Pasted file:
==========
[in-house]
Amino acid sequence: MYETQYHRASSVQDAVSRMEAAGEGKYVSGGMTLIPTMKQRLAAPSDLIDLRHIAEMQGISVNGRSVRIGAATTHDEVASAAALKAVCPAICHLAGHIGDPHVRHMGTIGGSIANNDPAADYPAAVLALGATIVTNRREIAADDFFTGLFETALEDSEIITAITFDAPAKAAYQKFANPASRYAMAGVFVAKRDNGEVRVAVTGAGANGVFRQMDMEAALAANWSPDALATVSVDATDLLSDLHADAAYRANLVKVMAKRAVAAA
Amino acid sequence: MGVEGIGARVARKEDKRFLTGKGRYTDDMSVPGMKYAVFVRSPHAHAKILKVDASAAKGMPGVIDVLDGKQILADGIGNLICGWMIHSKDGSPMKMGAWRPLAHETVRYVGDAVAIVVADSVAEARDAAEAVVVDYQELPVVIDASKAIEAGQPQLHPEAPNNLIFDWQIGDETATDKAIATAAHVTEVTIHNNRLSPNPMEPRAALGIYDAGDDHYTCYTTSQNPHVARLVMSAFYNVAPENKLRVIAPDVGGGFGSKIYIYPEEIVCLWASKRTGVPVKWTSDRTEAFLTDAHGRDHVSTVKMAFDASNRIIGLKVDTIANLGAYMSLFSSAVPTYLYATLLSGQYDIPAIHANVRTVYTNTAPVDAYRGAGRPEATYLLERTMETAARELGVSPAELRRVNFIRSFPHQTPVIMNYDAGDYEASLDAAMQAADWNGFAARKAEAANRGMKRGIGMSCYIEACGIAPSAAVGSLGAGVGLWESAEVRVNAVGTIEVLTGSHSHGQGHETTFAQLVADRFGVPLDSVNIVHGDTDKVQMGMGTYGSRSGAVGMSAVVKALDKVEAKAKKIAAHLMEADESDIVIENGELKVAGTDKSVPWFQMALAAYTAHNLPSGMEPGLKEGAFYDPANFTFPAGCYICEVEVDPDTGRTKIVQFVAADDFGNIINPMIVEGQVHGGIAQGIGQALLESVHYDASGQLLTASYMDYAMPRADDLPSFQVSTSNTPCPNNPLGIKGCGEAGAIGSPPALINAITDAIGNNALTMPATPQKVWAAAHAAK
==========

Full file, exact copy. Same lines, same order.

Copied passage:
[in-house]
Amino acid sequence: MYETQYHRASSVQDAVSRMEAAGEGKYVSGGMTLIPTMKQRLAAPSDLIDLRHIAEMQGISVNGRSVRIGAATTHDEVASAAALKAVCPAICHLAGHIGDPHVRHMGTIGGSIANNDPAADYPAAVLALGATIVTNRREIAADDFFTGLFETALEDSEIITAITFDAPAKAAYQKFANPASRYAMAGVFVAKRDNGEVRVAVTGAGANGVFRQMDMEAALAANWSPDALATVSVDATDLLSDLHADAAYRANLVKVMAKRAVAAA
Amino acid sequence: MGVEGIGARVARKEDKRFLTGKGRYTDDMSVPGMKYAVFVRSPHAHAKILKVDASAAKGMPGVIDVLDGKQILADGIGNLICGWMIHSKDGSPMKMGAWRPLAHETVRYVGDAVAIVVADSVAEARDAAEAVVVDYQELPVVIDASKAIEAGQPQLHPEAPNNLIFDWQIGDETATDKAIATAAHVTEVTIHNNRLSPNPMEPRAALGIYDAGDDHYTCYTTSQNPHVARLVMSAFYNVAPENKLRVIAPDVGGGFGSKIYIYPEEIVCLWASKRTGVPVKWTSDRTEAFLTDAHGRDHVSTVKMAFDASNRIIGLKVDTIANLGAYMSLFSSAVPTYLYATLLSGQYDIPAIHANVRTVYTNTAPVDAYRGAGRPEATYLLERTMETAARELGVSPAELRRVNFIRSFPHQTPVIMNYDAGDYEASLDAAMQAADWNGFAARKAEAANRGMKRGIGMSCYIEACGIAPSAAVGSLGAGVGLWESAEVRVNAVGTIEVLTGSHSHGQGHETTFAQLVADRFGVPLDSVNIVHGDTDKVQMGMGTYGSRSGAVGMSAVVKALDKVEAKAKKIAAHLMEADESDIVIENGELKVAGTDKSVPWFQMALAAYTAHNLPSGMEPGLKEGAFYDPANFTFPAGCYICEVEVDPDTGRTKIVQFVAADDFGNIINPMIVEGQVHGGIAQGIGQALLESVHYDASGQLLTASYMDYAMPRADDLPSFQVSTSNTPCPNNPLGIKGCGEAGAIGSPPALINAITDAIGNNALTMPATPQKVWAAAHAAK